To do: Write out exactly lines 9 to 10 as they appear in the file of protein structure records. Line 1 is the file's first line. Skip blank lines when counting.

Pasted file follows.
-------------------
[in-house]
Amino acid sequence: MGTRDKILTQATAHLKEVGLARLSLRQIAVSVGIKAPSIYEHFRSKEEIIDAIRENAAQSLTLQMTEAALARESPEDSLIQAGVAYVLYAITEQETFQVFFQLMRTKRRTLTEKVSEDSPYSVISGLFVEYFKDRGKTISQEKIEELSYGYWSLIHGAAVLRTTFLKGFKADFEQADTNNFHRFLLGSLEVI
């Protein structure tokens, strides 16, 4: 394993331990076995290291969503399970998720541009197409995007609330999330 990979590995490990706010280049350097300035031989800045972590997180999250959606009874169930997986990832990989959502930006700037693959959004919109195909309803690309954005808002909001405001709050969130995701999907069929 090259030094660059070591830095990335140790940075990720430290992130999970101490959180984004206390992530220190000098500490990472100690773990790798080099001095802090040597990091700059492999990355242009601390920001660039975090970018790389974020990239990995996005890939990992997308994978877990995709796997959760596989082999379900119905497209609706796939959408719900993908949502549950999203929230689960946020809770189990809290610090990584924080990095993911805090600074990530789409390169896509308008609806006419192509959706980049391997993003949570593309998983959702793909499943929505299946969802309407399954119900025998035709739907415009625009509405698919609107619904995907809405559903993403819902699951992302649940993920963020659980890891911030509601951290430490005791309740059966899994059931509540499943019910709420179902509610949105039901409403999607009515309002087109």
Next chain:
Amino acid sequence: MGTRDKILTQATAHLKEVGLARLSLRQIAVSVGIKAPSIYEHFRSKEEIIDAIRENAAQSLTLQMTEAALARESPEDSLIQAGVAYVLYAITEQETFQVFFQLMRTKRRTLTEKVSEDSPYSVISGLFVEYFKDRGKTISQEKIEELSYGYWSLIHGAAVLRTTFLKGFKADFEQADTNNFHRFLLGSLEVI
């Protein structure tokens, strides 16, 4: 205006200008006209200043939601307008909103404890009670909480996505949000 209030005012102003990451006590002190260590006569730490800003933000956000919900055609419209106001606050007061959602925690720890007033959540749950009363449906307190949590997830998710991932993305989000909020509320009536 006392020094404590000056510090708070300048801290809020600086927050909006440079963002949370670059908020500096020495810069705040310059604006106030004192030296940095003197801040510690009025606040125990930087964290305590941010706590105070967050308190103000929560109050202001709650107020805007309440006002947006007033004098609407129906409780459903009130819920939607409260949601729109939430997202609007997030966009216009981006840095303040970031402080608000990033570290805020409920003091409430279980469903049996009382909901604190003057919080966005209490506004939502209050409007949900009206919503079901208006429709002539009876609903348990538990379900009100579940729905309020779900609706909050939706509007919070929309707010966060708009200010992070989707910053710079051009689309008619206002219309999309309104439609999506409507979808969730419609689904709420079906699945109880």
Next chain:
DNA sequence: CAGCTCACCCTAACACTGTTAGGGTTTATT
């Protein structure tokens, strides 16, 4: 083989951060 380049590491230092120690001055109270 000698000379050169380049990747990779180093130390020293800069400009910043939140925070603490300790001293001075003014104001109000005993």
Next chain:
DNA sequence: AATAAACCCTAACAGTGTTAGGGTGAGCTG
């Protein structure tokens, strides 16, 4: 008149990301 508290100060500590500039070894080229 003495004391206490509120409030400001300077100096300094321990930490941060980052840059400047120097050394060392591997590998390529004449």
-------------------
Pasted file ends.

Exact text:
């Protein structure tokens, strides 16, 4: 083989951060 380049590491230092120690001055109270 000698000379050169380049990747990779180093130390020293800069400009910043939140925070603490300790001293001075003014104001109000005993």
Next chain: